7 Reasons Change and Development Programs FailA long list of studies shows that 50 – 70% of leadership, culture, and organization change and development efforts fail. For example, a Harvard Business Review article by Michael Beer and Nitin Nohria on “Cracking the Code of Change” concludes, “the brutal fact is that about 70% of all change initiatives fail.”

These efforts typically include:

  • Improving internal/external customer service
  • Boosting health and safety
  • Executing organizational changes
  • Enhancing productivity/efficiency
  • Strengthening leadership skills
  • Lifting morale/engagement levels
  • Strengthening teamwork/team building
  • Reducing turnover and absenteeism
  • Increasing quality
  • Implementing Lean/Six Sigma

This summer I reviewed research and our experiences in helping dozens of organizations with their change initiatives. Success or failure ultimately rests with the organization’s senior leadership team. Here are the common problems that trap many leadership teams and become the root causes of their failed change and development efforts:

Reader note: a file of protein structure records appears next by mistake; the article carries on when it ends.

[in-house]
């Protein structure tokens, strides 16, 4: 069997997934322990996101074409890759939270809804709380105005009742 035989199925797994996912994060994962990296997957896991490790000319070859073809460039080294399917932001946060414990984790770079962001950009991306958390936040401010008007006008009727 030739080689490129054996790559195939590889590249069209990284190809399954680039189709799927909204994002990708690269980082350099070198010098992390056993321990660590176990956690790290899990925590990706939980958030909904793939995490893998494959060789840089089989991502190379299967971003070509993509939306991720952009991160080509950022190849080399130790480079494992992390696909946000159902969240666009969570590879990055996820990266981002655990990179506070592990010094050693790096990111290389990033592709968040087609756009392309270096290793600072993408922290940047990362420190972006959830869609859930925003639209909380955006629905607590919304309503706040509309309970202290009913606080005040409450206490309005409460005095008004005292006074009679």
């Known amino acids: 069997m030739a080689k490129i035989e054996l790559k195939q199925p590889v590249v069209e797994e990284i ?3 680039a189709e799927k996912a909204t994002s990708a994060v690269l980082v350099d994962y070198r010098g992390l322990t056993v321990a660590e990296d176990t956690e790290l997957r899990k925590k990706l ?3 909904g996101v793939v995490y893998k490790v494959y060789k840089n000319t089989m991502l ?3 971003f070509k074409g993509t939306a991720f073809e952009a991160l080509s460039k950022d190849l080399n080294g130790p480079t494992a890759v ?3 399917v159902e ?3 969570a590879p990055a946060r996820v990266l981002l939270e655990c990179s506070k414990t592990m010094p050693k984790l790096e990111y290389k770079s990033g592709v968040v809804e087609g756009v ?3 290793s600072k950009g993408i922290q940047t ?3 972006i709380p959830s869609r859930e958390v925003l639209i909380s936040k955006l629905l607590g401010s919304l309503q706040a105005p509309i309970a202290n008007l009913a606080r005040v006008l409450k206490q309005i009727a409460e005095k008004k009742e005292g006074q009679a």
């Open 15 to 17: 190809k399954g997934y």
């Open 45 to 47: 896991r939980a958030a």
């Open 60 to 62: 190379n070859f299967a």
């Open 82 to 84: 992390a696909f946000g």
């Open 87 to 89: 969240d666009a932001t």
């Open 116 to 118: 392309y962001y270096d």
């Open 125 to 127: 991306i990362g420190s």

• Speed Traps and Tyranny of the Urgent – flooded by e-mails, endless meetings, and crisis management, many leaders become reactive micromanagers and lose sight of the big picture.
  • Partial and Piecemeal Programs – leadership training, succession planning, customer service, six sigma, safety, talent/performance management, IT systems, and such are disconnected and disjointed.
  • Leadership Lip Service – organizational leaders send contradictory messages about core values or embracing change by their inconsistent actions and behaviors.
  • Not Building Change Capacity – many change and development efforts fail to engage the hearts and heads of key leaders and frontline staff and don’t energize and equip them to make it happen.
  • Teams Not Pulling Together – strong leaders drive change in their “silo” and work at cross-purposes. This undermines both the team and the change/development effort.
  • Communication Breakdowns – leadership teams aren’t united in strategic priorities, key messages, behaviors that model the vision and values, and rigorous implementation planning.
  • Failing to Follow Through – strategies and development plans can quickly lose focus when they don’t have a robust implementation process engaging key teams with a disciplined follow through process.

How many of these traps are snaring your senior leadership team? What are you doing to avoid falling into these sinkholes?

Taking the team offsite for a few days can have a major impact on avoiding these problems. An offsite retreat can also lay the foundation to become one of the 30 – 50% of organizations with a very high and lasting impact from their change and development work.

See Leadership Team Retreats for configuration options and common retreat outcomes.